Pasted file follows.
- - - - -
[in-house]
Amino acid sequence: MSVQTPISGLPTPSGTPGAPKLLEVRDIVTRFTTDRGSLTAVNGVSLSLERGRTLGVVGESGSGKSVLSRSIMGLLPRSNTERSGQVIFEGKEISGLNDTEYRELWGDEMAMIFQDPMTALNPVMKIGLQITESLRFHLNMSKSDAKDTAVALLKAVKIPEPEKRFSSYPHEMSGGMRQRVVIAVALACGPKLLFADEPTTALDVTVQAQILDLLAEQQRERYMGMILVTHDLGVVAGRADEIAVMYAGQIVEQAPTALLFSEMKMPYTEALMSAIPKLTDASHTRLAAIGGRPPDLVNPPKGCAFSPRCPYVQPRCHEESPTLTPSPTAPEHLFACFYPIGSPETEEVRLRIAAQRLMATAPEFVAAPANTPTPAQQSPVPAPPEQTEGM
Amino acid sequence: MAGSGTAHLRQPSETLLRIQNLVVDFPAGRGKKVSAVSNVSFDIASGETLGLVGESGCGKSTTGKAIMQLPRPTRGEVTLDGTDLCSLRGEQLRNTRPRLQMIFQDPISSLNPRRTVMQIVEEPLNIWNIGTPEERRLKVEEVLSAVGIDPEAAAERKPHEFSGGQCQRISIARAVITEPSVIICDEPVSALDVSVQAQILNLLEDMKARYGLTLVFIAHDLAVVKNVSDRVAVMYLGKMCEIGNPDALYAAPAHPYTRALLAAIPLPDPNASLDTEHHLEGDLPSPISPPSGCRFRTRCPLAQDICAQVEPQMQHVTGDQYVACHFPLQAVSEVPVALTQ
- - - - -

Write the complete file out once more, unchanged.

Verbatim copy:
[in-house]
Amino acid sequence: MSVQTPISGLPTPSGTPGAPKLLEVRDIVTRFTTDRGSLTAVNGVSLSLERGRTLGVVGESGSGKSVLSRSIMGLLPRSNTERSGQVIFEGKEISGLNDTEYRELWGDEMAMIFQDPMTALNPVMKIGLQITESLRFHLNMSKSDAKDTAVALLKAVKIPEPEKRFSSYPHEMSGGMRQRVVIAVALACGPKLLFADEPTTALDVTVQAQILDLLAEQQRERYMGMILVTHDLGVVAGRADEIAVMYAGQIVEQAPTALLFSEMKMPYTEALMSAIPKLTDASHTRLAAIGGRPPDLVNPPKGCAFSPRCPYVQPRCHEESPTLTPSPTAPEHLFACFYPIGSPETEEVRLRIAAQRLMATAPEFVAAPANTPTPAQQSPVPAPPEQTEGM
Amino acid sequence: MAGSGTAHLRQPSETLLRIQNLVVDFPAGRGKKVSAVSNVSFDIASGETLGLVGESGCGKSTTGKAIMQLPRPTRGEVTLDGTDLCSLRGEQLRNTRPRLQMIFQDPISSLNPRRTVMQIVEEPLNIWNIGTPEERRLKVEEVLSAVGIDPEAAAERKPHEFSGGQCQRISIARAVITEPSVIICDEPVSALDVSVQAQILNLLEDMKARYGLTLVFIAHDLAVVKNVSDRVAVMYLGKMCEIGNPDALYAAPAHPYTRALLAAIPLPDPNASLDTEHHLEGDLPSPISPPSGCRFRTRCPLAQDICAQVEPQMQHVTGDQYVACHFPLQAVSEVPVALTQ